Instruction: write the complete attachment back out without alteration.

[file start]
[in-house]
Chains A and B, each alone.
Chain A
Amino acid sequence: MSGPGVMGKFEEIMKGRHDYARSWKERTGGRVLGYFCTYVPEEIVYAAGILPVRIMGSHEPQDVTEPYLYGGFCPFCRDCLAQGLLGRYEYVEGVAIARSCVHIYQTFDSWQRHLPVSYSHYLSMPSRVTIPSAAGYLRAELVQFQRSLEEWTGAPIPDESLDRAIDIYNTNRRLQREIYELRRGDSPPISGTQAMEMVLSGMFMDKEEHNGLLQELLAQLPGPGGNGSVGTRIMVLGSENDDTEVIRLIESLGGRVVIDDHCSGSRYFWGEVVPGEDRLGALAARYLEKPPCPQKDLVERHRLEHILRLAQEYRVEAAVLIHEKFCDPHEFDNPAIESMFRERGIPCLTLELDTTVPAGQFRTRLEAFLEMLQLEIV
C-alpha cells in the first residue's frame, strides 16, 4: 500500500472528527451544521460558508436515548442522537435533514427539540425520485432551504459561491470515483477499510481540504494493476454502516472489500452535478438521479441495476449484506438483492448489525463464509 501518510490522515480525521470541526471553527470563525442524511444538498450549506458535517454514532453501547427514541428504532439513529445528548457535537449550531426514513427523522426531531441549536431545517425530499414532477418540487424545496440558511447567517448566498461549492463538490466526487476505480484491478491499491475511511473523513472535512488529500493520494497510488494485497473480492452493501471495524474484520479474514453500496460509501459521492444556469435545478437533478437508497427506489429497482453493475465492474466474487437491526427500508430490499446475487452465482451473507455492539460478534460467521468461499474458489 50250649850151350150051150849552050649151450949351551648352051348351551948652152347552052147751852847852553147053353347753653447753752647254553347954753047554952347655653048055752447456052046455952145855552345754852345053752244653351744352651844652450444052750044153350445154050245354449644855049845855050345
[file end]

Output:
[in-house]
Chains A and B, each alone.
Chain A
Amino acid sequence: MSGPGVMGKFEEIMKGRHDYARSWKERTGGRVLGYFCTYVPEEIVYAAGILPVRIMGSHEPQDVTEPYLYGGFCPFCRDCLAQGLLGRYEYVEGVAIARSCVHIYQTFDSWQRHLPVSYSHYLSMPSRVTIPSAAGYLRAELVQFQRSLEEWTGAPIPDESLDRAIDIYNTNRRLQREIYELRRGDSPPISGTQAMEMVLSGMFMDKEEHNGLLQELLAQLPGPGGNGSVGTRIMVLGSENDDTEVIRLIESLGGRVVIDDHCSGSRYFWGEVVPGEDRLGALAARYLEKPPCPQKDLVERHRLEHILRLAQEYRVEAAVLIHEKFCDPHEFDNPAIESMFRERGIPCLTLELDTTVPAGQFRTRLEAFLEMLQLEIV
C-alpha cells in the first residue's frame, strides 16, 4: 500500500472528527451544521460558508436515548442522537435533514427539540425520485432551504459561491470515483477499510481540504494493476454502516472489500452535478438521479441495476449484506438483492448489525463464509 501518510490522515480525521470541526471553527470563525442524511444538498450549506458535517454514532453501547427514541428504532439513529445528548457535537449550531426514513427523522426531531441549536431545517425530499414532477418540487424545496440558511447567517448566498461549492463538490466526487476505480484491478491499491475511511473523513472535512488529500493520494497510488494485497473480492452493501471495524474484520479474514453500496460509501459521492444556469435545478437533478437508497427506489429497482453493475465492474466474487437491526427500508430490499446475487452465482451473507455492539460478534460467521468461499474458489 50250649850151350150051150849552050649151450949351551648352051348351551948652152347552052147751852847852553147053353347753653447753752647254553347954753047554952347655653048055752447456052046455952145855552345754852345053752244653351744352651844652450444052750044153350445154050245354449644855049845855050345